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Saint Bride's RC Church, 21 Greenlees Road, Cambuslang, Glasgow G72 8JB

Recent Homilies

  • Pentecost 2018 - Year B

    I wonder if you noticed that there is a problem in today’s readings. If you are looking for an answer to when the Holy Spirit first descends then there appears to be 2 differing stories flagged up in...
  • 7th Sunday of Easter 2018 - Year B

    A curious thing happens in the first reading of today mass. In order to find out who takes the place of Judas amongst the 12 apostles, they simply say a quick prayer and draw lots for it between 2 can...
  • 5th Sunday of Easter 2018 (Year B)

    Its every football fan’s dream to play for the team that you support, especially when you are young. They dream of getting the phone call from the manager asking them if they are free to play on Satur...
  • 4th Sunday of Easter 2018 (Year B)

    Most of you will be familiar with the comedy programme Father Ted. It features the life of 3 priests living on Craggy Island, an imaginary parish in Ireland. Each of the priests have been exiled to th...
  • 3rd Sunday of Easter 2018 (Year B)

    One of things that people very often ask you as a priest, if you have done an exorcism or if you have any experience of evil spirits. Over the course of my own priestly life I have been asked on a num...
  • 2nd Sunday in Easter 2018 (Year B)

    I don’t remember too much about High School, but one of the things I do remember is that the English Department in our school managed to invite some of the major Scottish poets of the 20thcentury to v...

Recorded in history, there are 2 great period of the bubonic plague in 6th century and in 14th century. It is estimated that the first of these plagues carried off between 25-50 million people. In the second of these it is estimated that 1/3 of the world’s population perished. It was untreatable, death occurred between 7-10 days. The symptoms were terrifying  and the history books tell us that populations were decimated, there were barely enough people left to bury the dead.


In an age and time that is protected by the advances in illness it is difficult to imagine the terror of a plague. yet in living memory there were illnesses that swept through communities like this bringing death to many – TB, scarlet fever and the like.


More recently illness like Aids & Ebola were modern plagues, which decimated whole populations of people.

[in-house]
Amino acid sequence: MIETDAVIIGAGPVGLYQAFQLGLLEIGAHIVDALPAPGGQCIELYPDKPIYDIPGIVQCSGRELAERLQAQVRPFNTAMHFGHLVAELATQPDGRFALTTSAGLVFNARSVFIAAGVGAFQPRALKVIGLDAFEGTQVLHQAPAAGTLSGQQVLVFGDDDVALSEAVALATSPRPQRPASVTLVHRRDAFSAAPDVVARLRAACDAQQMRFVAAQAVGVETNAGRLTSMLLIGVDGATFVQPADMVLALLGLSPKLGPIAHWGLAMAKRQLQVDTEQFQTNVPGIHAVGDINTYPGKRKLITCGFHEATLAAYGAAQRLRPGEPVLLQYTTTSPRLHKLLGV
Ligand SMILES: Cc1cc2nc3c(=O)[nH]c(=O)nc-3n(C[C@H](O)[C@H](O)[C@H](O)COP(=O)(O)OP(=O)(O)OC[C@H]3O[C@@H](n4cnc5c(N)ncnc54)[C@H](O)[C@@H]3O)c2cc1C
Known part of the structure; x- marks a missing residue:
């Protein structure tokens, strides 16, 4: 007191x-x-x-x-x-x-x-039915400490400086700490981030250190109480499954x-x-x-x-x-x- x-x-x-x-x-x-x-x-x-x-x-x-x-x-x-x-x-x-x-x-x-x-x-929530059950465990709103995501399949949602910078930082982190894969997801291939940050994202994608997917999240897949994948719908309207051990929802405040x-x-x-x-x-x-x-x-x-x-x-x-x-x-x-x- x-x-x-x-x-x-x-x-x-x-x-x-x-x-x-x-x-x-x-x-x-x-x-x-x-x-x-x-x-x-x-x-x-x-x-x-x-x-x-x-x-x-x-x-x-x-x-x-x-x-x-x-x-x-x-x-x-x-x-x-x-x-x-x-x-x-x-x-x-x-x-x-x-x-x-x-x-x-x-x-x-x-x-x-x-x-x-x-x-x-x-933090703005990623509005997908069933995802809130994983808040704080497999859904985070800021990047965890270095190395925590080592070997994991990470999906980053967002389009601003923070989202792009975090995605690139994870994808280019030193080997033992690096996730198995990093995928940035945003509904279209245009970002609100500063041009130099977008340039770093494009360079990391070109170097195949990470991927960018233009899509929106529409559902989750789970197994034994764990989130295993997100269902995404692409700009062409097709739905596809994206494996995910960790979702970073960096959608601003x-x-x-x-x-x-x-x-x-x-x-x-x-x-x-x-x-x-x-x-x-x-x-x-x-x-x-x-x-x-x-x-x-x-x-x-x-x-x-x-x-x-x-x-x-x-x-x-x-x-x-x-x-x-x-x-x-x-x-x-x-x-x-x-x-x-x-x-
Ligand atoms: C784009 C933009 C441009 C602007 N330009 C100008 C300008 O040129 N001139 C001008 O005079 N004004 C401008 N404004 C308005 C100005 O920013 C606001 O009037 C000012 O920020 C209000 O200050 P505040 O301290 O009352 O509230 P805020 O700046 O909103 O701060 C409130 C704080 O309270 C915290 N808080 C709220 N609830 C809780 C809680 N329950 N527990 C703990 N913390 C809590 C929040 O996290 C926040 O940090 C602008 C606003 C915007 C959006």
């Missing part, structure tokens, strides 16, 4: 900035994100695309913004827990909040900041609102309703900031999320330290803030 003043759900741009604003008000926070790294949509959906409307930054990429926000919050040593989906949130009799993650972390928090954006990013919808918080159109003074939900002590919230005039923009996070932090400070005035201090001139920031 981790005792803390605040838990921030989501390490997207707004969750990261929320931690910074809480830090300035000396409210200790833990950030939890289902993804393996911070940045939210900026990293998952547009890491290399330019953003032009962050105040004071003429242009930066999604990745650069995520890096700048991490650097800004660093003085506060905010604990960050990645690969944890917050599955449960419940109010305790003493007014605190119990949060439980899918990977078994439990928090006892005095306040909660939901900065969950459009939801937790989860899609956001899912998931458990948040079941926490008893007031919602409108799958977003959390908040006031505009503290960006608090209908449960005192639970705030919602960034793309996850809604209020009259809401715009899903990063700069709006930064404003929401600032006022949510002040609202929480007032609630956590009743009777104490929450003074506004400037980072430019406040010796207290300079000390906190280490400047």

The Gospel of today’s Mass mentions an illness that still exists today – leprosy. Even today to see someone who suffers from this illness is distressing. There is scarring, disfigurement and loss of limbs.


In the reading from Leviticus, we see how the people cope with this. If there is a scar that appears, then you have to go to the priests to have it diagnosed. If it is diagnosed then you are to be excluded lest he or she contaminate anyone else. They are to cover their mouth with their hand and warn others by crying out that thy are unclean. Their garments are to be torn to indicate their impoverished state. They are to live outside the camp, outside the village, outside the family, outside the company of others who are well.


It is interesting that Jesus is pictured as a rule breaker. Instead of distancing himself from lepers. He approaches the leper in the Gospel, speaks to him, touches him and in an age in which no one can help him he makes him clean and heals him. Ordinarily there would be fear: fear of the sight of the leper, fear of contamination, fear of breaking the strict rules the guarded against the contagion spreading. None of this is here: here there is compassion for the man, here there is a desire for the man to be healed, here there is courage and love.


To be a leper has entered into our language as someone cut off, isolated, alone, on the margins, friendless. Sometimes its just because the person is different, sometimes it is because in the eyes if people they have done something unforgiveable, sometimes it is just because they don’t fit in.


They are driven out to the margins and wilderness, they are excluded, they become the untouchables, they are outside the camp.


Sadly religion can play a part in that in driving people out, isolating them, casting them out to the edge.


Jesus seems to be opposed to that. People eat with some and not others – he eats with everyone. People refuse to mix with foreigners – he makes foreigners the heroes of his stories. People won’t speak to people who are public sinners – he strikes up a conversation with them. The sick are regarded to be impure – he touches them. People are divided into good and bad – he treats all the same as needing God’s mercy.


He is quick to detect self righteous in people. They divide people into two camps. Good and the bad, the right and the wrong, those they will talk to/mix with and those who they will not talk to/mix with. To Jesus all are the same.


Self righteous drives people from the camp. The relative that we have never spoken to for years, the friend that we fell out with 2 decades ago over something trivial, the son or daughter that we don’t talk to, the drug addict or alcoholic in our family we have nothing to do, the person in prison for their crimes, the person who has done us a bad turn. Self righteousness drives people from the camp, we move them to the edges of our life, they are unclean in our eyes.


God seems to be repelled by self righteousness.


His attitude is different. He draws people to him, to him all are his children all are in need of his love and mercy. To him all are in the camp rather than outside. To him there are many rooms in his house. To him there is always forgiveness and mercy. To him the door is always open.